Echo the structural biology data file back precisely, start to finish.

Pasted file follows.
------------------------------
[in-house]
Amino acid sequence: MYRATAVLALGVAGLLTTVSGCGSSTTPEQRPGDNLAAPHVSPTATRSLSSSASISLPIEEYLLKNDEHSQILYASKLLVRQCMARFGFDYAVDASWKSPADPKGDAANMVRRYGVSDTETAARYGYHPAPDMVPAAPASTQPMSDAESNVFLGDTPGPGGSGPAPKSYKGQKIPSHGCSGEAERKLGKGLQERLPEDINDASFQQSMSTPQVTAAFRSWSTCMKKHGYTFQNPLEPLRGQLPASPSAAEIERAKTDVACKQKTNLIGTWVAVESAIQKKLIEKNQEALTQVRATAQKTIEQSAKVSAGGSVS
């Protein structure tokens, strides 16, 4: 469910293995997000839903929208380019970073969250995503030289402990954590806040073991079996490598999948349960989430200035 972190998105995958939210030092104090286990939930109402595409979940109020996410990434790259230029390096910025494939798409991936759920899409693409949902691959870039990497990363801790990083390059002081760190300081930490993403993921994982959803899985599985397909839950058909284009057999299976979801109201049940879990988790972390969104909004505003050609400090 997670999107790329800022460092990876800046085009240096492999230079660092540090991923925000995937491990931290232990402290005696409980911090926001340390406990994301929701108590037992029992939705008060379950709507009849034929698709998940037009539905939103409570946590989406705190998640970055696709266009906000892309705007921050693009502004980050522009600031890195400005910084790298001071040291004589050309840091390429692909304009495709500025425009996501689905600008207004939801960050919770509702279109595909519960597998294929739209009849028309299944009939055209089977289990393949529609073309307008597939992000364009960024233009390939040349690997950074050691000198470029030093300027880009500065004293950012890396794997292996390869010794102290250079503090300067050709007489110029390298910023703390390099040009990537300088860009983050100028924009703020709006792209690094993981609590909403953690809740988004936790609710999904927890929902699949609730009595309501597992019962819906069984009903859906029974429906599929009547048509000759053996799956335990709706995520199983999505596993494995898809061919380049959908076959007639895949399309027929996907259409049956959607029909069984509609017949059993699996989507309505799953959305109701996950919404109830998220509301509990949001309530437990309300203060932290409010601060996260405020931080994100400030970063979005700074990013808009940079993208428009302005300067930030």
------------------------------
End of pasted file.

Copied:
[in-house]
Amino acid sequence: MYRATAVLALGVAGLLTTVSGCGSSTTPEQRPGDNLAAPHVSPTATRSLSSSASISLPIEEYLLKNDEHSQILYASKLLVRQCMARFGFDYAVDASWKSPADPKGDAANMVRRYGVSDTETAARYGYHPAPDMVPAAPASTQPMSDAESNVFLGDTPGPGGSGPAPKSYKGQKIPSHGCSGEAERKLGKGLQERLPEDINDASFQQSMSTPQVTAAFRSWSTCMKKHGYTFQNPLEPLRGQLPASPSAAEIERAKTDVACKQKTNLIGTWVAVESAIQKKLIEKNQEALTQVRATAQKTIEQSAKVSAGGSVS
């Protein structure tokens, strides 16, 4: 469910293995997000839903929208380019970073969250995503030289402990954590806040073991079996490598999948349960989430200035 972190998105995958939210030092104090286990939930109402595409979940109020996410990434790259230029390096910025494939798409991936759920899409693409949902691959870039990497990363801790990083390059002081760190300081930490993403993921994982959803899985599985397909839950058909284009057999299976979801109201049940879990988790972390969104909004505003050609400090 997670999107790329800022460092990876800046085009240096492999230079660092540090991923925000995937491990931290232990402290005696409980911090926001340390406990994301929701108590037992029992939705008060379950709507009849034929698709998940037009539905939103409570946590989406705190998640970055696709266009906000892309705007921050693009502004980050522009600031890195400005910084790298001071040291004589050309840091390429692909304009495709500025425009996501689905600008207004939801960050919770509702279109595909519960597998294929739209009849028309299944009939055209089977289990393949529609073309307008597939992000364009960024233009390939040349690997950074050691000198470029030093300027880009500065004293950012890396794997292996390869010794102290250079503090300067050709007489110029390298910023703390390099040009990537300088860009983050100028924009703020709006792209690094993981609590909403953690809740988004936790609710999904927890929902699949609730009595309501597992019962819906069984009903859906029974429906599929009547048509000759053996799956335990709706995520199983999505596993494995898809061919380049959908076959007639895949399309027929996907259409049956959607029909069984509609017949059993699996989507309505799953959305109701996950919404109830998220509301509990949001309530437990309300203060932290409010601060996260405020931080994100400030970063979005700074990013808009940079993208428009302005300067930030």